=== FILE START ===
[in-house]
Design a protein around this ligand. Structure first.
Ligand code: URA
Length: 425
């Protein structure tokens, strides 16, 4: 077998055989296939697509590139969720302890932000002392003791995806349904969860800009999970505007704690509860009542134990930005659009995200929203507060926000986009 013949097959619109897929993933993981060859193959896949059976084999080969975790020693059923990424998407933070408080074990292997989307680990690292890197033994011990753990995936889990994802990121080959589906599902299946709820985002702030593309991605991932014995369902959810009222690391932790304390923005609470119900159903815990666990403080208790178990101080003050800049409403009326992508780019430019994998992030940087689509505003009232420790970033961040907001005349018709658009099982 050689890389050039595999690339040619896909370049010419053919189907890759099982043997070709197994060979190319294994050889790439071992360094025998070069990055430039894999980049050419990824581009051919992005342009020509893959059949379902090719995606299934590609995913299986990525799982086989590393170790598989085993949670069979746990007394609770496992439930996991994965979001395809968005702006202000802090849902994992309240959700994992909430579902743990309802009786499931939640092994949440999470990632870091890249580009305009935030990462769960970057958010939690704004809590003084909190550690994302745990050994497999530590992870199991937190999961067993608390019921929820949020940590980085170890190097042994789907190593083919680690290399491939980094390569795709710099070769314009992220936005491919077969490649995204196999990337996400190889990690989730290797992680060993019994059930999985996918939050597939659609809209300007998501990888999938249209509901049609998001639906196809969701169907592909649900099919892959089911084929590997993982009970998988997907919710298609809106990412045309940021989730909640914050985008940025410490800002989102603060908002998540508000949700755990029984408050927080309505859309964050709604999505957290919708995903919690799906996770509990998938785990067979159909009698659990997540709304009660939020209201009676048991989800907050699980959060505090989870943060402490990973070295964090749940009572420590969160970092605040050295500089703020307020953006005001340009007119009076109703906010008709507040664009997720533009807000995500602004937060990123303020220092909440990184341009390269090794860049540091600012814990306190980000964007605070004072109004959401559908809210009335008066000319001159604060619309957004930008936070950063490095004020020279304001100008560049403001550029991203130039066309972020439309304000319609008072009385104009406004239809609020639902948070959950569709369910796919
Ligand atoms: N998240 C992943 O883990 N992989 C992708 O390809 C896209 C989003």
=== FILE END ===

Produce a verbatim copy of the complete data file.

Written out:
[in-house]
Design a protein around this ligand. Structure first.
Ligand code: URA
Length: 425
């Protein structure tokens, strides 16, 4: 077998055989296939697509590139969720302890932000002392003791995806349904969860800009999970505007704690509860009542134990930005659009995200929203507060926000986009 013949097959619109897929993933993981060859193959896949059976084999080969975790020693059923990424998407933070408080074990292997989307680990690292890197033994011990753990995936889990994802990121080959589906599902299946709820985002702030593309991605991932014995369902959810009222690391932790304390923005609470119900159903815990666990403080208790178990101080003050800049409403009326992508780019430019994998992030940087689509505003009232420790970033961040907001005349018709658009099982 050689890389050039595999690339040619896909370049010419053919189907890759099982043997070709197994060979190319294994050889790439071992360094025998070069990055430039894999980049050419990824581009051919992005342009020509893959059949379902090719995606299934590609995913299986990525799982086989590393170790598989085993949670069979746990007394609770496992439930996991994965979001395809968005702006202000802090849902994992309240959700994992909430579902743990309802009786499931939640092994949440999470990632870091890249580009305009935030990462769960970057958010939690704004809590003084909190550690994302745990050994497999530590992870199991937190999961067993608390019921929820949020940590980085170890190097042994789907190593083919680690290399491939980094390569795709710099070769314009992220936005491919077969490649995204196999990337996400190889990690989730290797992680060993019994059930999985996918939050597939659609809209300007998501990888999938249209509901049609998001639906196809969701169907592909649900099919892959089911084929590997993982009970998988997907919710298609809106990412045309940021989730909640914050985008940025410490800002989102603060908002998540508000949700755990029984408050927080309505859309964050709604999505957290919708995903919690799906996770509990998938785990067979159909009698659990997540709304009660939020209201009676048991989800907050699980959060505090989870943060402490990973070295964090749940009572420590969160970092605040050295500089703020307020953006005001340009007119009076109703906010008709507040664009997720533009807000995500602004937060990123303020220092909440990184341009390269090794860049540091600012814990306190980000964007605070004072109004959401559908809210009335008066000319001159604060619309957004930008936070950063490095004020020279304001100008560049403001550029991203130039066309972020439309304000319609008072009385104009406004239809609020639902948070959950569709369910796919
Ligand atoms: N998240 C992943 O883990 N992989 C992708 O390809 C896209 C989003």